I strongly agree that whatever standards of governance the movement
develops should be adhered to consistently. I think it's entirely
understandable if folks are angry if WMF holds affiliates to a
different standard than itself. A symmetrical waiting period for Board
members seeking paid positions for staff members seeking trusteeship
seems like a reasonable governance standard to apply across the board.
The WMF Board did discuss waiting periods previously, both when I was
a member  (I was in support of a symmetrical 6 month waiting
period) and after . WMF ultimately did not implement such a policy,
nor did it adhere to one informally when it hired me after I left the
Board in late 2007. (I've had no involvement with the org since 2015,
nor have I sought it.)
I don't know if the implementation of a waiting period was discussed
again by the Board in subsequent years. It's not surprising to me if
the organization is not adhering to it now, since it appears to still
lack such a policy in 2021.
At least in my understanding, this thread conflates a good practice
(waiting periods) with violations of COI policies. As I understand it,
WMF adhered to its existing COI policy through the usual measures
(recusal & resignation from the Board).
The primary purpose of COI policies is to prevent self-dealing.
Typical scenarios described in COI guidelines written from a US
perspective like      focus on Board members hiring
relatives, or securing contracts for their own business. They
generally do not _prohibit_ even such transactions outright but
describe how they must be managed. WMUK's 2012 governance review was,
in part, triggered by a trustee's Wikimedia-related consulting
activities while on the Board.
Waiting periods (symmetrical or in one direction) are sometimes
explicitly included in COI policies, but as far as I can tell, at
least for US 501(c)(3)s, they are far from common, and I did not find
them in COI guidelines for organizations in our space that are
publicly available (Mozilla, OSI, Software Freedom Conservancy, etc.).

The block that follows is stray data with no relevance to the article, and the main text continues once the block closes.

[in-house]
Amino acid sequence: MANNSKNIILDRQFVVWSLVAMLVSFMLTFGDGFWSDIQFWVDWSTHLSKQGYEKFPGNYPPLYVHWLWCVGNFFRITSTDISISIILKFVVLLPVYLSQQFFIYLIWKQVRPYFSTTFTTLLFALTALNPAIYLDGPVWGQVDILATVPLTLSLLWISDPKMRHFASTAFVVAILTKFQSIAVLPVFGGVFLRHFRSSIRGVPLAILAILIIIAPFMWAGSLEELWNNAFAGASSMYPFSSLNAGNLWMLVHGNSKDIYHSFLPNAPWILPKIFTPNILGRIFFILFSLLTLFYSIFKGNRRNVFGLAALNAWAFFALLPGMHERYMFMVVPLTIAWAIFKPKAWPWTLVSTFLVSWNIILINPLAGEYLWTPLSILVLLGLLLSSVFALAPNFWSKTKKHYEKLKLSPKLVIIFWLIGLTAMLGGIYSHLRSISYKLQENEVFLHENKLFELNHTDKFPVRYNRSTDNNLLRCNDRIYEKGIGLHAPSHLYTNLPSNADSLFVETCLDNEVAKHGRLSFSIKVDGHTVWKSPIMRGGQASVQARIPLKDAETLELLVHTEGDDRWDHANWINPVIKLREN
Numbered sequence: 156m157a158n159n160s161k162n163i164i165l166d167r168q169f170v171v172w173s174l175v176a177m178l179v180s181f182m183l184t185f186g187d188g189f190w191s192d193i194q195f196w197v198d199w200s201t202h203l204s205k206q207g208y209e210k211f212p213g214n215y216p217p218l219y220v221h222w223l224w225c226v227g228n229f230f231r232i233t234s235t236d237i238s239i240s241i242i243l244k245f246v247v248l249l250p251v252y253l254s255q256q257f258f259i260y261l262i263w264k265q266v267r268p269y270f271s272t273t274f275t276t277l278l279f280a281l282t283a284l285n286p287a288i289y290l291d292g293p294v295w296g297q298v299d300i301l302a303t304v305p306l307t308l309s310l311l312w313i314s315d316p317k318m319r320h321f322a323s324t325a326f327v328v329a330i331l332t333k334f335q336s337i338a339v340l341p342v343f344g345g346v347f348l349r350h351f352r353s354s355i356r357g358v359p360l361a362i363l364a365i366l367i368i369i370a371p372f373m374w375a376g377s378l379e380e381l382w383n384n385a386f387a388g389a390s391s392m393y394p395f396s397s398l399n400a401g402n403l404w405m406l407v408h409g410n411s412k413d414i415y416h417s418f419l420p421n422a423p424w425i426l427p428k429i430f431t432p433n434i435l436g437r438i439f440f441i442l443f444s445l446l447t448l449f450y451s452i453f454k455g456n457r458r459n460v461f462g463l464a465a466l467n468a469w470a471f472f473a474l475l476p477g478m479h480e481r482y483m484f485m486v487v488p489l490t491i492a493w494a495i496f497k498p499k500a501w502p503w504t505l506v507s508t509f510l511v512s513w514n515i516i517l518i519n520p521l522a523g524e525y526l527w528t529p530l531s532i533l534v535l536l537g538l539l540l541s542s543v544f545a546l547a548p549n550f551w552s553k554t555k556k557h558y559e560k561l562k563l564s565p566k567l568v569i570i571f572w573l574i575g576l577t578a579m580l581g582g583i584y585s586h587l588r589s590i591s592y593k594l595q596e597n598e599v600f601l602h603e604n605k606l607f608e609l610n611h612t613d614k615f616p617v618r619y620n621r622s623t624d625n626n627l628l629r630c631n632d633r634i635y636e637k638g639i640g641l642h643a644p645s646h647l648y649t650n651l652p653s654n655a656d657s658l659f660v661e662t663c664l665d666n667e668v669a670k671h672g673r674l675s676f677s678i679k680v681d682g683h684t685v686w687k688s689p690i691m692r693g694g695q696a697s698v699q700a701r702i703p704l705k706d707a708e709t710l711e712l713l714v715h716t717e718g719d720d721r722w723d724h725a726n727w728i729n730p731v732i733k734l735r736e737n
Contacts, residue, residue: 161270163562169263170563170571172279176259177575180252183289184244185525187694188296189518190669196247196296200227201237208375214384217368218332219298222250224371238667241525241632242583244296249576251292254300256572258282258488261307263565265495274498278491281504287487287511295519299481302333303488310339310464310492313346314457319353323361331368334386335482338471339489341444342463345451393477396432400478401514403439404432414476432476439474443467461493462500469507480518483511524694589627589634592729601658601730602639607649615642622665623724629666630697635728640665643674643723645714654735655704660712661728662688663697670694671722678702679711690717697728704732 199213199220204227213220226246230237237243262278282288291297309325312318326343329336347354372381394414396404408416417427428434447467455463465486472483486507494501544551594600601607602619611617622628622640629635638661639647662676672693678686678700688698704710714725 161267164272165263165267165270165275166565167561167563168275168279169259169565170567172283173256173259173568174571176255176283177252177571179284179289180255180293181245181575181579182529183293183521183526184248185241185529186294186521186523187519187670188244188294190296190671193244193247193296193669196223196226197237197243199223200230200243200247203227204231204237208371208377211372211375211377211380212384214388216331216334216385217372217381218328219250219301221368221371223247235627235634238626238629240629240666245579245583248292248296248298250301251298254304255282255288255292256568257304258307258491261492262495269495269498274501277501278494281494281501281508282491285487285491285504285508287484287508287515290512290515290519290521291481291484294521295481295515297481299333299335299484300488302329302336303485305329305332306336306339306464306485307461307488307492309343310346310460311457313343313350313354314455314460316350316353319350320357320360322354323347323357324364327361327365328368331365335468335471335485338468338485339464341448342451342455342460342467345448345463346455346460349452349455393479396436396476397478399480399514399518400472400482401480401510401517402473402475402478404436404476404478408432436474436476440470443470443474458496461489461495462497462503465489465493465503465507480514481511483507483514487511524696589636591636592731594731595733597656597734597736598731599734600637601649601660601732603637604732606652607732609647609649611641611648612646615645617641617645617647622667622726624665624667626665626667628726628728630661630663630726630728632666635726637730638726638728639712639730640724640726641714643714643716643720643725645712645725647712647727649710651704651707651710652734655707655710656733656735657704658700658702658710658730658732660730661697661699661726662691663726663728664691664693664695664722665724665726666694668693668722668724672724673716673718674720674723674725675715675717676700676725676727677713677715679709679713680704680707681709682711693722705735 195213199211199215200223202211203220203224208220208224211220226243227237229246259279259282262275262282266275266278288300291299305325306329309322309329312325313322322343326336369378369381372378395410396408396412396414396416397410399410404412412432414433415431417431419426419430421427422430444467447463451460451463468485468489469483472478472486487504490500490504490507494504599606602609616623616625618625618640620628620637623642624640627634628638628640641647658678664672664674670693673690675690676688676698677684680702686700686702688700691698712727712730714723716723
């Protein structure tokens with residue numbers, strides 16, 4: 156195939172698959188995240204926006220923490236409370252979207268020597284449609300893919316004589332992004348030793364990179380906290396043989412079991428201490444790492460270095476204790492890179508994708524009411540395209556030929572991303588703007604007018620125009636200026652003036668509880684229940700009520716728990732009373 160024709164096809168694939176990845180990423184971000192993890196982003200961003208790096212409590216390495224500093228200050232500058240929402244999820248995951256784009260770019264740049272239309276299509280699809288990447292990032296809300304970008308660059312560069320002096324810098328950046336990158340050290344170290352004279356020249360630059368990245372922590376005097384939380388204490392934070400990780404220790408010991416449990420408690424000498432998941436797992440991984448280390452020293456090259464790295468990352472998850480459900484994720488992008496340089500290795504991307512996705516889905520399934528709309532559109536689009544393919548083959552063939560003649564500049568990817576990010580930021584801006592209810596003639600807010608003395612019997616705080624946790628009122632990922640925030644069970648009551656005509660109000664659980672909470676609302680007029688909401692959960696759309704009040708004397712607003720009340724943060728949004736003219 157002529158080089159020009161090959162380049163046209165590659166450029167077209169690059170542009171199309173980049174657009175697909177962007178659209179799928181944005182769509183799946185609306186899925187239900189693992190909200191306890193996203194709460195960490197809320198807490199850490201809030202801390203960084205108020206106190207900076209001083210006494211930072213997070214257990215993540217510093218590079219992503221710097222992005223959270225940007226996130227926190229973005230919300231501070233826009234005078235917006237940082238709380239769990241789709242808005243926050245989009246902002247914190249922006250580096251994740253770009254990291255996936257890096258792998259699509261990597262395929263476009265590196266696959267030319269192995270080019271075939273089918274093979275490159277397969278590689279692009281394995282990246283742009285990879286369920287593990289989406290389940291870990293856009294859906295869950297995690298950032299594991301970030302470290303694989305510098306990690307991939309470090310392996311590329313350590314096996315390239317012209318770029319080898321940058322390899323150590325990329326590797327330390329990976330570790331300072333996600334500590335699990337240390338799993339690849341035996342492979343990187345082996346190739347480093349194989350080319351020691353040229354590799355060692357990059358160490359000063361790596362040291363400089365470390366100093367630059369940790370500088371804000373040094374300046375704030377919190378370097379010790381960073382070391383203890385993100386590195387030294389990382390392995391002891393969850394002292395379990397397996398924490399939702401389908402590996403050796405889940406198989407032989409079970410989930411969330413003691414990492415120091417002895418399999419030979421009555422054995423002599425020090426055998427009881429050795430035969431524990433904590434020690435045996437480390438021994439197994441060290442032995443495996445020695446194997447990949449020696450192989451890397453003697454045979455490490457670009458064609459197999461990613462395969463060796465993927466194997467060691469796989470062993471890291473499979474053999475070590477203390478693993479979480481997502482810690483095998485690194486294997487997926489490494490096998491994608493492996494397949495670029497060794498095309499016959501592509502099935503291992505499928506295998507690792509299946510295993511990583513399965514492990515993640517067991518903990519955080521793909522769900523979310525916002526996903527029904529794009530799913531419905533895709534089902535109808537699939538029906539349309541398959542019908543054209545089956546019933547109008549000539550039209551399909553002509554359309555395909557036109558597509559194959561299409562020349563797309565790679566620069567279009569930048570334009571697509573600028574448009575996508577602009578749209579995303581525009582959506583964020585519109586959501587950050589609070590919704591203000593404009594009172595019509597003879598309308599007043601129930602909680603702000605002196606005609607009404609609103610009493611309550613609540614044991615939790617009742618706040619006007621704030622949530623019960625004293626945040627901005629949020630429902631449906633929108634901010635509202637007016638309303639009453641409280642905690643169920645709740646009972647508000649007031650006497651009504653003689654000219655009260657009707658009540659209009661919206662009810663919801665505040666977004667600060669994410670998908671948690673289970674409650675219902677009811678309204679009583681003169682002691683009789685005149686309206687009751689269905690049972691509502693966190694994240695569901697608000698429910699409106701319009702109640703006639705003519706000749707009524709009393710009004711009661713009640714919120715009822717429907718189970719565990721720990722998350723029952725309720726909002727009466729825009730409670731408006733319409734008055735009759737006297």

They may be more common in specific sectors (e.g., academia) and are
certainly widely used in revolving door provisions in the context of
political lobbying. IANAL (nor are most of the people commenting
here), and corrections and insights and citations from lawyers or
nonprofit governance experts would certainly be helpful.
I will note that, as Chris pointed out, even WMUK's current policies
would permit a transaction like the one we're discussing if approved
by the Board ("no trustee may _without the consent of the board_"
), and Wikimedia Austria's Good Governance Kodex would permit it if
approved by the Gremium ("bedarf diese Anstellung der ausdrücklichen
Genehmigung durch das Good-Governance-Gremium" ).
If such transactions are sometimes viewed as permissible, as part of
harmonizing governance standards, it would be good to enumerate
examples: would this transaction qualify? If the emerging consensus is
to enforce waiting periods at all times, clauses which permit Boards
to overrule them should perhaps be revised as part of harmonization
Because this is not nearly as bright a line as some commenters are
suggesting, at least in my understanding, there is no compelling
argument for reversing this decision if it is otherwise in the best
interests of the organization. But there is certainly a strong
practical and ethical argument for harmonizing policies and practices
(and for issuing an apology if inconsistent standards have been